October 31, 2017: Journal of Neuroscience: the Official Journal of the Society for Neuroscience
https://www.readbyqxmd.com/read/29079356/parkin-overexpression-in-human-mesenchymal-stromal-cells-from-wharton-s-jelly-suppresses-6-hydroxydopamine-induced-apoptosis-potential-therapeutic-strategy-in-parkinson-s-disease
#6
A R Bonilla-Porras, A Arevalo-Arbelaez, J F Alzate-Restrepo, C Velez-Pardo, M Jimenez-Del-Rio
BACKGROUND AIMS: Stem cell transplantation is an excellent option for regenerative or replacement therapy. However, deleterious microenvironmental and endogenous factors (e.g., oxidative stress) compromise ongoing graft survival and longevity. Therefore, (transient or stable) genetically modified cells may be reasonably thought to resist oxidative stress-induced damage. Genetic engineering of mesenchymal stromal cells (MSCs) obtained from Wharton's jelly tissue may offer some therapeutic potential...
October 24, 2017: Cytotherapy
https://www.readbyqxmd.com/read/29077060/oxidative-stress-mechanistic-insights-into-inherited-mitochondrial-disorders-and-parkinson-s-disease
#7
REVIEW
Mesfer Al Shahrani, Simon Heales, Iain Hargreaves, Michael Orford
Oxidative stress arises when cellular antioxidant defences become overwhelmed by a surplus generation of reactive oxygen species (ROS). Once this occurs, many cellular biomolecules such as DNA, lipids, and proteins become susceptible to free radical-induced oxidative damage, and this may consequently lead to cellular and ultimately tissue and organ dysfunction. Mitochondria, as well as being a source of ROS, are vulnerable to oxidative stress-induced damage with a number of key biomolecules being the target of oxidative damage by free radicals, including membrane phospholipids, respiratory chain complexes, proteins, and mitochondrial DNA (mt DNA)...
October 27, 2017: Journal of Clinical Medicine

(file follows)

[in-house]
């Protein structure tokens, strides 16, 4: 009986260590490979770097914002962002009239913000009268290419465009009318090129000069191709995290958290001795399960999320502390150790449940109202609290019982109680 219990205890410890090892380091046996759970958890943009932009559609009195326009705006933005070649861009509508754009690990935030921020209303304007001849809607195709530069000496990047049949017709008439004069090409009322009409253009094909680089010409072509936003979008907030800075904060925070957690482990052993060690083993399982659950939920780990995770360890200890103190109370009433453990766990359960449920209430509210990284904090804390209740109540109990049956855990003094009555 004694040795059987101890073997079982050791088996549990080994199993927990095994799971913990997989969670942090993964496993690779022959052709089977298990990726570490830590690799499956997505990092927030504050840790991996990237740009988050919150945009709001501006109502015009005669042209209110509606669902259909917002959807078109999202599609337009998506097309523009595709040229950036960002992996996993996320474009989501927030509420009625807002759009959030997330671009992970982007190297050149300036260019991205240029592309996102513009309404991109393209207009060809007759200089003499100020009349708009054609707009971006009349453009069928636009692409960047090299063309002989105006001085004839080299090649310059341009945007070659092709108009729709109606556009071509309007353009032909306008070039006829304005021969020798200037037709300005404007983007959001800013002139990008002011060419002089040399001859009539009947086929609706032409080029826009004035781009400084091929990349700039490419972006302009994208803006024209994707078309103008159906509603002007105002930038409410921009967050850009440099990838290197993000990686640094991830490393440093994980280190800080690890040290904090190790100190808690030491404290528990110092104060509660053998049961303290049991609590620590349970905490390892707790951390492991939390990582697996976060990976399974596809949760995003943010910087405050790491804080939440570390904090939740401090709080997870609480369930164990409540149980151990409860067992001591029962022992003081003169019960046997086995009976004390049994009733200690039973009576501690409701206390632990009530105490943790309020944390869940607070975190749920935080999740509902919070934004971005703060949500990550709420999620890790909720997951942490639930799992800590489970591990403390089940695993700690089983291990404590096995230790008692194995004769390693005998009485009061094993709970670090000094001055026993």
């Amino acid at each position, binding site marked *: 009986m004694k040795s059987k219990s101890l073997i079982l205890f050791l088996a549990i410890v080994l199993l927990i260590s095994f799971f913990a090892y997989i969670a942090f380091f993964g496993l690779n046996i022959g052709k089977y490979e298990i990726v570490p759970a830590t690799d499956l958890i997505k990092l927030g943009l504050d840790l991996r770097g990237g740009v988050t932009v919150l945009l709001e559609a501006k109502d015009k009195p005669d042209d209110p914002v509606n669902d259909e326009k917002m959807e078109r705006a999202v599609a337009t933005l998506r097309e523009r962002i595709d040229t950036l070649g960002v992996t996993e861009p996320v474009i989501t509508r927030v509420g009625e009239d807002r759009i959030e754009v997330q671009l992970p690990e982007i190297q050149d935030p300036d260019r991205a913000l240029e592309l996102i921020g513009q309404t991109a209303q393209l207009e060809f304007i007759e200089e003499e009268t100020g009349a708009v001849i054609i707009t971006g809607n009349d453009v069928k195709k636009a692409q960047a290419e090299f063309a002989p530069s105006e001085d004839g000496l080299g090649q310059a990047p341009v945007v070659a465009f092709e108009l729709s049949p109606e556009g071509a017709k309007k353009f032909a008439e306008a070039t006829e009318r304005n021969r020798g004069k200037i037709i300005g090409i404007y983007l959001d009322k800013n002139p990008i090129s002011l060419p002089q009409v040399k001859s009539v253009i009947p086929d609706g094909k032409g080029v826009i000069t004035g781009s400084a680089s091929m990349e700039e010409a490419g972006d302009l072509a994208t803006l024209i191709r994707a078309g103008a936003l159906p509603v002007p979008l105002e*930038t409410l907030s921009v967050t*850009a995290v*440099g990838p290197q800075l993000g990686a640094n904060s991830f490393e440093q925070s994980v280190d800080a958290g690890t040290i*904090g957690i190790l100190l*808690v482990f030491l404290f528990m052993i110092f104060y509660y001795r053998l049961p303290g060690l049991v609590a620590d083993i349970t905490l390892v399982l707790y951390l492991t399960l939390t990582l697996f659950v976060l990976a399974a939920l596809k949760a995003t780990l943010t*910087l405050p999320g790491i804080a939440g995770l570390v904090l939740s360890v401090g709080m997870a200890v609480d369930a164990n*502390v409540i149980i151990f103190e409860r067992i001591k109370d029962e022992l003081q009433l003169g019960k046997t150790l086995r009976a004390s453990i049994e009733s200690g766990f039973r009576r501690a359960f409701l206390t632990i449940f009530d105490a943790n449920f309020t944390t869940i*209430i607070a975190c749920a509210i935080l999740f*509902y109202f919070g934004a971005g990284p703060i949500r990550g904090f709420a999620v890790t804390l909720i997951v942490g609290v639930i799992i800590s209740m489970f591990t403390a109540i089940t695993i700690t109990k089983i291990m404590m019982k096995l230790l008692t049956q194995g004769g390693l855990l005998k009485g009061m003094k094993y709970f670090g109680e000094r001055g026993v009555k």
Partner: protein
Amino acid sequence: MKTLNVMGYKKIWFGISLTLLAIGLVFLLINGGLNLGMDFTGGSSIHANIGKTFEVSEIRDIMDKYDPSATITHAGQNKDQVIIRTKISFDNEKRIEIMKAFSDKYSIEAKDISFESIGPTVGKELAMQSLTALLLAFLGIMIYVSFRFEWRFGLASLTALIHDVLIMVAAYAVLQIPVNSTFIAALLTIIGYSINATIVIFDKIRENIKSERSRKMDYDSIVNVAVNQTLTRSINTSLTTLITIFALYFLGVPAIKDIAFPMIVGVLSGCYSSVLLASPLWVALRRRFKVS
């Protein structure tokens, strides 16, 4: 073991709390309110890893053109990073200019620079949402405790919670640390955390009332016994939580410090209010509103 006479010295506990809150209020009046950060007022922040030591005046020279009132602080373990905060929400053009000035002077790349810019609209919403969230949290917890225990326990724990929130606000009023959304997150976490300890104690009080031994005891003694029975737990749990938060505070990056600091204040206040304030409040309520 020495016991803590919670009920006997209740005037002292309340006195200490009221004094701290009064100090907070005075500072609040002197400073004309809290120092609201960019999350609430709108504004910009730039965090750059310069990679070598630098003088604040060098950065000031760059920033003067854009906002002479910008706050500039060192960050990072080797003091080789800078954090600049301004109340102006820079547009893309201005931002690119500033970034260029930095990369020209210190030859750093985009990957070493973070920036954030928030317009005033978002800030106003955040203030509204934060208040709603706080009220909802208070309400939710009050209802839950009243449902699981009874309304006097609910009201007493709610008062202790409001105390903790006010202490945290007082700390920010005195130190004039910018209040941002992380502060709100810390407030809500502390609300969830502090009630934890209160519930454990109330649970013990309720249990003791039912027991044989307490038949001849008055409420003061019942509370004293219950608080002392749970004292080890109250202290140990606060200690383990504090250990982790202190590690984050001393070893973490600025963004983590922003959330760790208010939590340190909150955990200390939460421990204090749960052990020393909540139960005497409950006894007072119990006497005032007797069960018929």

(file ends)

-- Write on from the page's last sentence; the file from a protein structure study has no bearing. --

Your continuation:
https://www.readbyqxmd.com/read/29057315/mitochondrial-impairment-in-microglia-amplifies-nlrp3-inflammasome-proinflammatory-signaling-in-cell-culture-and-animal-models-of-parkinson-s-disease
#8
Souvarish Sarkar, Emir Malovic, Dilshan S Harishchandra, Shivani Ghaisas, Nikhil Panicker, Adhithiya Charli, Bharathi N Palanisamy, Dharmin Rokad, Huajun Jin, Vellareddy Anantharam, Arthi Kanthasamy, Anumantha G Kanthasamy
The NLRP3 inflammasome signaling pathway is a major contributor to the neuroinflammatory process in the central nervous system. Oxidative stress and mitochondrial dysfunction are key pathophysiological processes of many chronic neurodegenerative diseases, including Parkinson's disease (PD). However, the inter-relationship between mitochondrial defects and neuroinflammation is not well understood. In the present study, we show that impaired mitochondrial function can augment the NLRP3 inflammasome-driven proinflammatory cascade in microglia...
2017: NPJ Parkinson's Disease
https://www.readbyqxmd.com/read/29054108/increase-in-pro-apoptotic-activity-of-inhibitory-pas-domain-protein-via-phosphorylation-by-mk2
#9
Shuya Kasai, Mary Jane Elizabeth Richardson, Satoru Torii, Ken-Ichi Yasumoto, Hiroki Shima, Kazuhiko Igarashi, Ken Itoh, Kazuhiro Sogawa, Kazutaka Murayama
Inhibitory PAS domain protein (IPAS) is a bifunctional protein that downregulates hypoxic gene expression and exerts pro-apoptotic activity by preventing pro-survival activity of Bcl-xL and its related factors. Pro-apoptotic activity of IPAS is attenuated by the activation of the PINK1-Parkin pathway, and involved in neuronal degeneration in an experimental mouse model of Parkinson's disease. The current study shows that phosphorylation of IPAS at Ser184 by MAPK-activated protein kinase 2 (MK2 or MAPKAPK2) enhances the pro-apoptotic function of IPAS...
October 20, 2017: FEBS Journal
https://www.readbyqxmd.com/read/29046661/mitophagy-in-parkinson-s-disease-pathogenic-and-therapeutic-implications
#10
REVIEW
Fei Gao, Jia Yang, Dongdong Wang, Chao Li, Yi Fu, Huaishan Wang, Wei He, Jianmin Zhang
Neurons affected in Parkinson's disease (PD) experience mitochondrial dysfunction and bioenergetic deficits that occur early and promote the disease-related α-synucleinopathy. Emerging findings suggest that the autophagy-lysosome pathway, which removes damaged mitochondria (mitophagy), is also compromised in PD and results in the accumulation of dysfunctional mitochondria. Studies using genetic-modulated or toxin-induced animal and cellular models as well as postmortem human tissue indicate that impaired mitophagy might be a critical factor in the pathogenesis of synaptic dysfunction and the aggregation of misfolded proteins, which in turn impairs mitochondrial homeostasis...
2017: Frontiers in Neurology
https://www.readbyqxmd.com/read/29040870/parkin-absence-accelerates-microtubule-aging-in-dopaminergic-neurons